Dominican man sentenced to 10 years for role in large-scale drug trafficking conspiracy
GALVESTON, Texas — A 44-year-old Dominican man who lives in Houston was sentenced Aug. 15 to serve 10 years in federal prison for his role in a large drug trafficking conspiracy.
Homeland Security Investigations (HSI) Galveston and the Drug Enforcement Administration conducted the Organized Crime Drug Enforcement Task Force investigation that led to the conviction.
Emilio Ramon Torres was sentenced in the U.S. District Court for the Southern District of Texas for conspiracy to possess with intent to distribute 5 or more kilograms of cocaine and 1 or more kilograms of heroin, as well as possession with intent to distribute 16 kilograms of cocaine. A federal jury convicted Torres following an 11-day trial in August 2022.
The investigation focused upon a group of distributors and their associates, primarily citizens of the Dominican Republic, who used common sources of drugs in Mexico to supply their customers in numerous states outside Texas. The group sold cocaine and heroin throughout the United States, but operated out of the Houston area.
Torres worked within the drug trafficking organization by stashing cocaine at his apartment in Houston. He received shipments of cocaine and held them at his residence until instructed how much to make available for delivery to customers.
The defense attempted to convince the jury that Torres was an honest person who would not engage in drug distribution. The jury did not believe those claims and found Torres guilty as charged.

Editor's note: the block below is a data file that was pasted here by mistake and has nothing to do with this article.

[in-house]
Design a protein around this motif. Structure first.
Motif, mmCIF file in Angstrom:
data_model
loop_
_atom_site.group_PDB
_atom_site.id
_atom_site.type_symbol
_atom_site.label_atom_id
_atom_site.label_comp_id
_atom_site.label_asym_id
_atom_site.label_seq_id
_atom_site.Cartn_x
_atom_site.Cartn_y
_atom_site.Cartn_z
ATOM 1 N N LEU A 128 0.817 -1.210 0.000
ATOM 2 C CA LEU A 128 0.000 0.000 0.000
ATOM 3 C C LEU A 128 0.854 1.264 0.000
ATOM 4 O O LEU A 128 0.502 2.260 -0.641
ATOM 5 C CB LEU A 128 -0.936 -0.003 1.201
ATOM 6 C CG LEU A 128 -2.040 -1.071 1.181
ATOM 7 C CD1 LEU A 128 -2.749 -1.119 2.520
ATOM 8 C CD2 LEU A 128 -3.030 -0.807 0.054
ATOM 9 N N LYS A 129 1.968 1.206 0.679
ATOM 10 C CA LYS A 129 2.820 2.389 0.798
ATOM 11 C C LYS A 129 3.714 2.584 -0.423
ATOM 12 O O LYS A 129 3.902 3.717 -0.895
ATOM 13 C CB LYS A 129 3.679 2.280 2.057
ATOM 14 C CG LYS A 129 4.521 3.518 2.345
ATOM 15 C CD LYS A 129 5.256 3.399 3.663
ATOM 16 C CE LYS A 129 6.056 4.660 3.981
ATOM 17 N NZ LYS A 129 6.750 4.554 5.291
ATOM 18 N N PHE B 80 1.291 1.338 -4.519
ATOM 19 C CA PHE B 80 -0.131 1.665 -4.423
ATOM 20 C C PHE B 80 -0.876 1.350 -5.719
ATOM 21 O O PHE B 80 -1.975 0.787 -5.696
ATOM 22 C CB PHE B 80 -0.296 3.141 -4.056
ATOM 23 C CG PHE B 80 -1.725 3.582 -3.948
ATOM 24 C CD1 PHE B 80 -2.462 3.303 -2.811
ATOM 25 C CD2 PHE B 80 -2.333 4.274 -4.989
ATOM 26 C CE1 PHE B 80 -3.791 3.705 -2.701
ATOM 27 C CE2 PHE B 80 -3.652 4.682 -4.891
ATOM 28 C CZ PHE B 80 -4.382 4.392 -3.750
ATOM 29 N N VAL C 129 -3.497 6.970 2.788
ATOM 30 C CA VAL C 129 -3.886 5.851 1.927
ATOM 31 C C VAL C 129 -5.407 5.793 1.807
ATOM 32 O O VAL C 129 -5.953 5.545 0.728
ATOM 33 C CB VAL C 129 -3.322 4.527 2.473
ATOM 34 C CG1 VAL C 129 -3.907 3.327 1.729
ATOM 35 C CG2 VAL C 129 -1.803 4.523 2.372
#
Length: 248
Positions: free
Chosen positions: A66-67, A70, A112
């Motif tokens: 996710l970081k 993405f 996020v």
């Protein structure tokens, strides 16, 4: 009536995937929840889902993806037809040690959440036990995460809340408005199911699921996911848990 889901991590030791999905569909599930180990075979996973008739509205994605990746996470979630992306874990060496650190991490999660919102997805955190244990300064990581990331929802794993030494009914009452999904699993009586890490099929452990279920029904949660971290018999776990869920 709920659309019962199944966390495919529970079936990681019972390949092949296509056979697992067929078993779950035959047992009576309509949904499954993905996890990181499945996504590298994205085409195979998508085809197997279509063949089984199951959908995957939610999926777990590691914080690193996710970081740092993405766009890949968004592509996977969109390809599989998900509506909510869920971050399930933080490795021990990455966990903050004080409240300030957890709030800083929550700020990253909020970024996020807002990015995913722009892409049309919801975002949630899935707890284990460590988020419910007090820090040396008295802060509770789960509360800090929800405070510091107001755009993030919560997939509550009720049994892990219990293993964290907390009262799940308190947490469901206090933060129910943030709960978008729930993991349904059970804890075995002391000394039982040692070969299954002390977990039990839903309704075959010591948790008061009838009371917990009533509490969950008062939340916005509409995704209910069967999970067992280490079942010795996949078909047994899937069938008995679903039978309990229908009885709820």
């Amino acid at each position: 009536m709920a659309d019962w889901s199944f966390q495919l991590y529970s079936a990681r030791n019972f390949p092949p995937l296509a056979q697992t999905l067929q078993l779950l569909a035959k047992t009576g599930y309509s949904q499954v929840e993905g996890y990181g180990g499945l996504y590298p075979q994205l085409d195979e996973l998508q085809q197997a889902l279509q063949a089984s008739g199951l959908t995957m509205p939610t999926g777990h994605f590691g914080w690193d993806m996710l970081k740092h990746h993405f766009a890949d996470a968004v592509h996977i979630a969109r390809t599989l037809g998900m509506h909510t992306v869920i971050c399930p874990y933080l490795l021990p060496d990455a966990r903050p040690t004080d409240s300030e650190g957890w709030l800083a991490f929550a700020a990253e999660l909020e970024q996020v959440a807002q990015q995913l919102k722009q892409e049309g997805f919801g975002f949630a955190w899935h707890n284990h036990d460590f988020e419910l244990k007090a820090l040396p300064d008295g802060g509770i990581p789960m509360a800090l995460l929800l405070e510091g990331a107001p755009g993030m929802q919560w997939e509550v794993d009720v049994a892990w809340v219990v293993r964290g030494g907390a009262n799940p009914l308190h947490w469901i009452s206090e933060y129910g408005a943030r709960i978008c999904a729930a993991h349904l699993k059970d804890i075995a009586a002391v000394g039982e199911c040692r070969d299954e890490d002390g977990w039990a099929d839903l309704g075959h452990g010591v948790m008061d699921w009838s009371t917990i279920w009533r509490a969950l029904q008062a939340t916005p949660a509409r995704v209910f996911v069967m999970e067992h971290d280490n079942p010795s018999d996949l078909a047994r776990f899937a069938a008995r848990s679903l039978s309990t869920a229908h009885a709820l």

He will remain in custody pending transfer to a U.S. Bureau of Prisons facility to be determined in the near future.
The Houston Police Department assisted with the investigation. Assistant U.S. Attorney Kenneth Cusick is prosecuting the case.
For more news and information on HSI’s efforts to aggressively investigate illicit drug trafficking in Southeast Texas follow us on X, formerly known as Twitter, @HSIHouston.
HSI is the principal investigative arm of the U.S. Department of Homeland Security (DHS), responsible for investigating transnational crime and threats, specifically those criminal organizations that exploit the global infrastructure through which international trade, travel, and finance move. HSI’s workforce of more than 8,700 employees consists of more than 6,000 special agents assigned to 237 cities throughout the United States, and 93 overseas locations in 56 countries. HSI’s international presence represents DHS’s largest investigative law enforcement presence abroad and one of the largest international footprints in U.S. law enforcement.